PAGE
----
Bialystok, E. and Hakuta, K., (1994). In Other Words: The Science and Psychology of Second- Language Acquisition. New York: Basic Books.

© 2012 – 2013, Annabelle Humanes. All rights reserved.

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ABOUT THE AUTHOR


Annabelle Humanes has been living in Germany with her Portuguese husband and daughter since 2011. Originally from France, she has previously lived in England for 13 years where she studied and worked as a researcher in language acquisition. She blogs about her multilingual family at thepiripirilexicon.com

Leave us a comment!

8 Comments
  1. CommentsOlga   |  Monday, 05 November 2012 at 12:42 am

    I’ve always been pretty skeptical about all theories that state that if you don’t do something before a certain age, the child will never learn it. In fact, the brain is an extremely flexible organ and there are people who learned a language perfectly even as adults. It probably also depends on motivation, hours of language immersion, and many other aspects. And also, it is assumed that only if you sound like a native you have mastered the language perfectly- that is not true. I don’t see why it is such a bad thing to have an accent- it can be seen as a part of us, and shows the fact that we’re making effort to speak the new language. So, everybody should make their own decision as to when to start a new language for their children.

  2. CommentsLillian   |  Wednesday, 07 November 2012 at 10:57 am

    Good for the researchers but I have practical proof that a new language can be learned flawlessly and without an accent at up to 11 years of age. I learned English when I was 9. My older sister started at 11. We both learned it flawlessly and without an accent. Let me stress as it may be important is that at 9 and 11 we moved to the USA from Mexico and thus HAD to learn no matter what, were fully immersed in English reading, writing, speaking, tv, radio and the result I’d like to say was pretty amazing. Thank God to public school in Ohio of the 80’s!!!! Oh, of course in the home there was only Spanish with my parents, but other than that, it was all full blown English. Sorry but scientists should really dig deep with real-life examples ….don’t believe that your child can’t learn a language better. I always tell people to just make sure you immerse your child before age 12…after 12 I bet it is much harder. Hugs to all.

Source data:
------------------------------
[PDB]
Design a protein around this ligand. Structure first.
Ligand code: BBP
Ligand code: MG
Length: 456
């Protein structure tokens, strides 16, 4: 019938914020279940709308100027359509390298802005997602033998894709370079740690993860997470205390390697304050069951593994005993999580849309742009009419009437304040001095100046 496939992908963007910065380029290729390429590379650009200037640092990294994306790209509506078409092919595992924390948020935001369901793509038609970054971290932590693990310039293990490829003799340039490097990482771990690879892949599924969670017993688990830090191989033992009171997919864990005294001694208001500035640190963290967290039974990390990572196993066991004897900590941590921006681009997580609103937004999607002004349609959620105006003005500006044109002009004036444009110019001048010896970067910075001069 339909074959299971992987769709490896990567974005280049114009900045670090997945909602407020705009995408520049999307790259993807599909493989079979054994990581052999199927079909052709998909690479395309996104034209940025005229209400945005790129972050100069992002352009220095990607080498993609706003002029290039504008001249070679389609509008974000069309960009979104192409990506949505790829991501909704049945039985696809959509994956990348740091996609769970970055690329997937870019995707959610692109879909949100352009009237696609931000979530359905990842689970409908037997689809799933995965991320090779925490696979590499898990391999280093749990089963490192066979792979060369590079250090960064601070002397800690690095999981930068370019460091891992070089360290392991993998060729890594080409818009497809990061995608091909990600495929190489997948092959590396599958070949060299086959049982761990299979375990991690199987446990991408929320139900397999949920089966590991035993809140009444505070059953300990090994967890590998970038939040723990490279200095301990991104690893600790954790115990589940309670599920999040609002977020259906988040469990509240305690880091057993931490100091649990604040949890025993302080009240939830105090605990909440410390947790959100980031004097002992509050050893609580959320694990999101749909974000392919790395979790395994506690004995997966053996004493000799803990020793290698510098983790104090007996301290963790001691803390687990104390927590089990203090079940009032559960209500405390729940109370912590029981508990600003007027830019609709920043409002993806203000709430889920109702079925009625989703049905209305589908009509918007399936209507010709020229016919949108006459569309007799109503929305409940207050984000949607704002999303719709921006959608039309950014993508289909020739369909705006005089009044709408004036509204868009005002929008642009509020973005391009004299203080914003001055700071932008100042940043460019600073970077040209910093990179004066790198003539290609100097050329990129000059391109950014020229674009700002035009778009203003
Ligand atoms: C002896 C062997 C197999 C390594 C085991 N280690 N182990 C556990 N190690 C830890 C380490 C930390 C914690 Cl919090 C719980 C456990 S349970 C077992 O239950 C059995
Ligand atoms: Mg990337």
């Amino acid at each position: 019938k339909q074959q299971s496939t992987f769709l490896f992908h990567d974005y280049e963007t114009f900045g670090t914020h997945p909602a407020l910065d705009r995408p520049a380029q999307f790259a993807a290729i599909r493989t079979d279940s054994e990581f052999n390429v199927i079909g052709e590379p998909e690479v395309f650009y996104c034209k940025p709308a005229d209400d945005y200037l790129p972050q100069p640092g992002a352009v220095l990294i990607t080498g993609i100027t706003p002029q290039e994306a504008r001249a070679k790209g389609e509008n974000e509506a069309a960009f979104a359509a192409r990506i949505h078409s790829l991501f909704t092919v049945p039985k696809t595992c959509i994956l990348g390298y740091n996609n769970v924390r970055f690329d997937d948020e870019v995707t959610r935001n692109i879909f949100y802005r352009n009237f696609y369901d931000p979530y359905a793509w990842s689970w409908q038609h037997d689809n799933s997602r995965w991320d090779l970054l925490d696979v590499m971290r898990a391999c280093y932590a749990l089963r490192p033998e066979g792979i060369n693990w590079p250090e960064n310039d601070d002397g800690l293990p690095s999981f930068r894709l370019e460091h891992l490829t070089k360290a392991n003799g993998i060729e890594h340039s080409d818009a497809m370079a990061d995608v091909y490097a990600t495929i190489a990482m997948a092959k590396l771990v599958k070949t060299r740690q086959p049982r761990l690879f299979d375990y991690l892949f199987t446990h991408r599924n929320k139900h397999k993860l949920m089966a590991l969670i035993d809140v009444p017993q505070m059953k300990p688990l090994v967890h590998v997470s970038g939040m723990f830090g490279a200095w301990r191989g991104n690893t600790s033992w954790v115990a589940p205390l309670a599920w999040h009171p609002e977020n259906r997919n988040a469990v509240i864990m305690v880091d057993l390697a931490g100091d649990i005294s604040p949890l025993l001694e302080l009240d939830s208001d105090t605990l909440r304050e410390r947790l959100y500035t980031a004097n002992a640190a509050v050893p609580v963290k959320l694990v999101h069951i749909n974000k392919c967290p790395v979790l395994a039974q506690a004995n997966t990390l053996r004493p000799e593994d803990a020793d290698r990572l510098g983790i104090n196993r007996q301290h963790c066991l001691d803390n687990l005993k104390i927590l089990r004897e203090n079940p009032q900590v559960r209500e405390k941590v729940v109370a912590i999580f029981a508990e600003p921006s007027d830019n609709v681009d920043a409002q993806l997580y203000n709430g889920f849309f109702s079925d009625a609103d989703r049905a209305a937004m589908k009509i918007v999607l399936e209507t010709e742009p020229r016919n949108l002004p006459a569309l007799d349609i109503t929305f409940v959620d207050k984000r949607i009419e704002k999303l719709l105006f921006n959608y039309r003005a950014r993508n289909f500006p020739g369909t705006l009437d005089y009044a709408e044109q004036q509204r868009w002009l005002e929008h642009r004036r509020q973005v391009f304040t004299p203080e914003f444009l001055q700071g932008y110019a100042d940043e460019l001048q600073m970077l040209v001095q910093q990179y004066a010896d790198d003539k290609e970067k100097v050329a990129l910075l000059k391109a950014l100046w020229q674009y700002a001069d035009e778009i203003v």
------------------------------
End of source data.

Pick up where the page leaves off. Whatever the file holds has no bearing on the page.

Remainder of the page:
3. CommentsAnnabelle   |  Wednesday, 07 November 2012 at 1:59 pm

    Olga: i don’t think researchers think that you have to sound like a native to be considered one. the general public might though. but you are so right. There is actually now a whole new current of research that questions why we take the monolingual speaker as a reference.
    Lilian: i think most researchers would actually agree. There are plenty of examples like yours in the literature. That is why it is still an opened debate and a very controversial question in the field. Yes, there may be this critical period(s) but when and how they happen is still unclear.

  4. CommentsLingüa   |  Thursday, 08 November 2012 at 6:01 am

    I have always been skeptical about it as well. If you were to give any age person the same kind of linguistic experience that babies (age 0-2 years) get, it would be hard not to learn the language! I’m glad to see some research to back up what my 10 years of experience teaching second and foreign languages has never been able to deny!

  5. Commentsjacqueline Gowe   |  Thursday, 08 November 2012 at 8:20 am

    I began studying French when I was 14 and Italian when I was 17 or 18. I speak both languages but my Italian is stronger. I majored in both languages and spent time in both countries. Now I teach a course called Italiano in Cucina to Elementary school children. I find the children, ages 8 – 13 pick up the language very well and have excellent recall even their pronunciation is good. This is an immersion method and I do believe this has much to do with the success of learning a language. The children are engaged in a real situation – in our case cooking and the results are noteworthy.
    As for me I spent one year in France and 8 years in Italy. My French was never as good as my Italian. I seemed to have a natural ear for Italian from the beginning. Obviously the time I spent in Italy was not just a “Junior Year Abroad” – I had a very integrated and fully immersed experience in Italy.

  6. CommentsAlex   |  Friday, 09 November 2012 at 12:00 am

    I also learned English at the age of 9. Back then I spoke the language fluently and without accent.

  7. Commentsasma   |  Monday, 22 April 2013 at 8:00 am

    its not completely, as I have learned English at the age of 15 and I have no accent what so ever and when I tell people That i had lost my accent within a year they could not believe it and I am actually studying English at university level I a multilingual by the way due to mixed race family and moving across countries while we were young, and am studying Chinese and Japanese on the side :)

  8. Commentsasma   |  Monday, 22 April 2013 at 8:01 am

    I left out it’s not completely true , am truly appalled by how many mistake I have done, so much for being an English student